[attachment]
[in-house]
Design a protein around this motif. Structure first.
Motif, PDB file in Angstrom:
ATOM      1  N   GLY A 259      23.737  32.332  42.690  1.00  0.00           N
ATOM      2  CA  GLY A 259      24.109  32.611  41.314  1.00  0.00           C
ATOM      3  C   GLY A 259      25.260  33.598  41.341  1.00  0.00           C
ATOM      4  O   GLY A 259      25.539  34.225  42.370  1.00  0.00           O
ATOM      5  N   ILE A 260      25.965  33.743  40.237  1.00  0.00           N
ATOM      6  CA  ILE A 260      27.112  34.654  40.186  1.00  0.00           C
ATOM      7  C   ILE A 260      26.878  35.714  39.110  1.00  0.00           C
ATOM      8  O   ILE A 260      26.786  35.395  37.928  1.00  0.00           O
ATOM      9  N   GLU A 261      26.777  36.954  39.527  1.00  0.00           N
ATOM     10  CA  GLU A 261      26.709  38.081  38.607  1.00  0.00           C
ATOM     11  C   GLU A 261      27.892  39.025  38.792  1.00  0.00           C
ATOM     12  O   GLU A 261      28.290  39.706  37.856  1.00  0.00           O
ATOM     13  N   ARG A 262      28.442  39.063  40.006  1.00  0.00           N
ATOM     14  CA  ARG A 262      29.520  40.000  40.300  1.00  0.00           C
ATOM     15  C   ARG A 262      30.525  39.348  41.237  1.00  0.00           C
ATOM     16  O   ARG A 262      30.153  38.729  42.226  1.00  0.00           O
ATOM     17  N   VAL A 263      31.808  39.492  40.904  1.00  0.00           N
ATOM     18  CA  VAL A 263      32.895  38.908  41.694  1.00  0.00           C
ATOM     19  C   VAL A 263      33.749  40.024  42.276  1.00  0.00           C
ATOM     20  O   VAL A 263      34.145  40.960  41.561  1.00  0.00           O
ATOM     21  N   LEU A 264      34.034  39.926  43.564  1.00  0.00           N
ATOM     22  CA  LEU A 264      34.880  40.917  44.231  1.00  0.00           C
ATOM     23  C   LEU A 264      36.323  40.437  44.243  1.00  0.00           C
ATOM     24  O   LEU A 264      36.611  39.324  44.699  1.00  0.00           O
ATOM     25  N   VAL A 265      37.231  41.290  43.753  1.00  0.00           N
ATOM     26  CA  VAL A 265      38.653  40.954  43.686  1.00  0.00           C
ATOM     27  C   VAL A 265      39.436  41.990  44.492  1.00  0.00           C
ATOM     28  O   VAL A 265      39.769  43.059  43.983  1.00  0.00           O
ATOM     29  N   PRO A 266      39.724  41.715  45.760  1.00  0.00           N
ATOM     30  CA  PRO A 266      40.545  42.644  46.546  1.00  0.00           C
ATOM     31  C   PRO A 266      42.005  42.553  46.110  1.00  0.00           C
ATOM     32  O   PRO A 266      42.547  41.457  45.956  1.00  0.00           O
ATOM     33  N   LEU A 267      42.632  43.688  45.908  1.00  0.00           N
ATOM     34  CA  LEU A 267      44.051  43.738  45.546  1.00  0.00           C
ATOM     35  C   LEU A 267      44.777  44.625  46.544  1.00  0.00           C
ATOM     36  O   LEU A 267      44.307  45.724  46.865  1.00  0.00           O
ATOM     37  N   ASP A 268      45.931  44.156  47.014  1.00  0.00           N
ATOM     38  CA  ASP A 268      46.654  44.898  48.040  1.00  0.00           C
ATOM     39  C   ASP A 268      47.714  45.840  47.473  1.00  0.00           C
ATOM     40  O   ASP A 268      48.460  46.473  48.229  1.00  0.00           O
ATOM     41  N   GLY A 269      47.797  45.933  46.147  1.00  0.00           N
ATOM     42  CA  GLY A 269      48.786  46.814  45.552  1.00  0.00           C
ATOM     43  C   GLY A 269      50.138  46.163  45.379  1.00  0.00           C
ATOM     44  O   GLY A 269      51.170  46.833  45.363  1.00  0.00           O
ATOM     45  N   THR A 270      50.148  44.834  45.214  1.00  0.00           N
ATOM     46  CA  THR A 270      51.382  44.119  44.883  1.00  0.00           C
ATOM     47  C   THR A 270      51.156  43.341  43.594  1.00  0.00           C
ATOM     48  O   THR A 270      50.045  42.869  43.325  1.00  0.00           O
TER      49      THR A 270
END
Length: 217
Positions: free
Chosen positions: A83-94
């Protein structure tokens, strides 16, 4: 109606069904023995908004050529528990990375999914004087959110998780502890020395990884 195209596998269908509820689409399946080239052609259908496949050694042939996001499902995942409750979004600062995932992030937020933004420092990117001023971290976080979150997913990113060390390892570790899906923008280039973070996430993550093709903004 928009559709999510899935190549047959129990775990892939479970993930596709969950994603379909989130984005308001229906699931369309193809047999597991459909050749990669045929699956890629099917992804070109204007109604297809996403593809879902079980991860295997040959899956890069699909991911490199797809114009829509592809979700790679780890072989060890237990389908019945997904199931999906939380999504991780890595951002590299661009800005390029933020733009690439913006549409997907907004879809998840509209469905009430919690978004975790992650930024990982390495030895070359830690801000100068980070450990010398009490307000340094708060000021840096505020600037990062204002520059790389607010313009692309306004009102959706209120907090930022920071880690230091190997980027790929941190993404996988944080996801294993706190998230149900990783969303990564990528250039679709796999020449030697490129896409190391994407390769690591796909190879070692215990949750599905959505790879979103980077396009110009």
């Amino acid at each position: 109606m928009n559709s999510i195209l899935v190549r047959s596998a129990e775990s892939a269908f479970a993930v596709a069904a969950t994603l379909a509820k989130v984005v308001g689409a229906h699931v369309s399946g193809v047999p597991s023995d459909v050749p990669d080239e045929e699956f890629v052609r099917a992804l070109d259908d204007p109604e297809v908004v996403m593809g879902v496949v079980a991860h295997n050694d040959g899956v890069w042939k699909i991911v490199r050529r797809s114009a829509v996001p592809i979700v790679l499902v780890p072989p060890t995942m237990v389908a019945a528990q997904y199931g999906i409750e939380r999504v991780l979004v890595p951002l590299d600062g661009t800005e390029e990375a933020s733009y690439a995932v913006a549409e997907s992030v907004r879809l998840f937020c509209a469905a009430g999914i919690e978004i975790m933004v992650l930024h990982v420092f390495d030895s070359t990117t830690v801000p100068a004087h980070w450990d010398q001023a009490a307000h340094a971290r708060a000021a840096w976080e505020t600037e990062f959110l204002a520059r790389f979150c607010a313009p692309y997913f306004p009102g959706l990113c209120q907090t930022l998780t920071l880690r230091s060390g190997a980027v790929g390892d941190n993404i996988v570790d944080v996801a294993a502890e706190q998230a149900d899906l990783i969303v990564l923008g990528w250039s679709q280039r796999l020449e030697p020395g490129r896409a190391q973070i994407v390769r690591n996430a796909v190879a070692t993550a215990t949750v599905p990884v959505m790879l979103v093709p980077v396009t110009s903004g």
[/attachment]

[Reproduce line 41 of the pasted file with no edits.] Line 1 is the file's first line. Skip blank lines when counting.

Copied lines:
ATOM     38  CA  ASP A 268      46.654  44.898  48.040  1.00  0.00           C